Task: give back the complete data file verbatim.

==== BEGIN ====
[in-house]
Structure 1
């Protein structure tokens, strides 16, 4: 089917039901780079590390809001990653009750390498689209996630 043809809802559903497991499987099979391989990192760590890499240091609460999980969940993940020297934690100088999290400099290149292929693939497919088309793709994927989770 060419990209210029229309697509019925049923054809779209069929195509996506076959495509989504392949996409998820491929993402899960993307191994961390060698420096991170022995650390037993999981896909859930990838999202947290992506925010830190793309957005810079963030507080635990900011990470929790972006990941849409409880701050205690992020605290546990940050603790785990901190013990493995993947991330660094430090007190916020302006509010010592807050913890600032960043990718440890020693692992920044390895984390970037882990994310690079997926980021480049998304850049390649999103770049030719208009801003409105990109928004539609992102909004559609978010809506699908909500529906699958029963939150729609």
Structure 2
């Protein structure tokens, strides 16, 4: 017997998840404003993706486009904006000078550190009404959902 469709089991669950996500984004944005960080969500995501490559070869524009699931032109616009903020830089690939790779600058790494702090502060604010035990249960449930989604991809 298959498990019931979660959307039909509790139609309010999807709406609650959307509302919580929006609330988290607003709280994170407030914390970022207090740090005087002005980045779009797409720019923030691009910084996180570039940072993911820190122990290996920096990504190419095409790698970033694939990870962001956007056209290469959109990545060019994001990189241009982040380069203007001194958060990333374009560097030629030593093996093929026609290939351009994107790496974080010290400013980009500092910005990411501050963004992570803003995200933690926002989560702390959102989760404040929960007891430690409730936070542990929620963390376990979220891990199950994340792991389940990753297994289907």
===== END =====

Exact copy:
[in-house]
Structure 1
């Protein structure tokens, strides 16, 4: 089917039901780079590390809001990653009750390498689209996630 043809809802559903497991499987099979391989990192760590890499240091609460999980969940993940020297934690100088999290400099290149292929693939497919088309793709994927989770 060419990209210029229309697509019925049923054809779209069929195509996506076959495509989504392949996409998820491929993402899960993307191994961390060698420096991170022995650390037993999981896909859930990838999202947290992506925010830190793309957005810079963030507080635990900011990470929790972006990941849409409880701050205690992020605290546990940050603790785990901190013990493995993947991330660094430090007190916020302006509010010592807050913890600032960043990718440890020693692992920044390895984390970037882990994310690079997926980021480049998304850049390649999103770049030719208009801003409105990109928004539609992102909004559609978010809506699908909500529906699958029963939150729609």
Structure 2
């Protein structure tokens, strides 16, 4: 017997998840404003993706486009904006000078550190009404959902 469709089991669950996500984004944005960080969500995501490559070869524009699931032109616009903020830089690939790779600058790494702090502060604010035990249960449930989604991809 298959498990019931979660959307039909509790139609309010999807709406609650959307509302919580929006609330988290607003709280994170407030914390970022207090740090005087002005980045779009797409720019923030691009910084996180570039940072993911820190122990290996920096990504190419095409790698970033694939990870962001956007056209290469959109990545060019994001990189241009982040380069203007001194958060990333374009560097030629030593093996093929026609290939351009994107790496974080010290400013980009500092910005990411501050963004992570803003995200933690926002989560702390959102989760404040929960007891430690409730936070542990929620963390376990979220891990199950994340792991389940990753297994289907």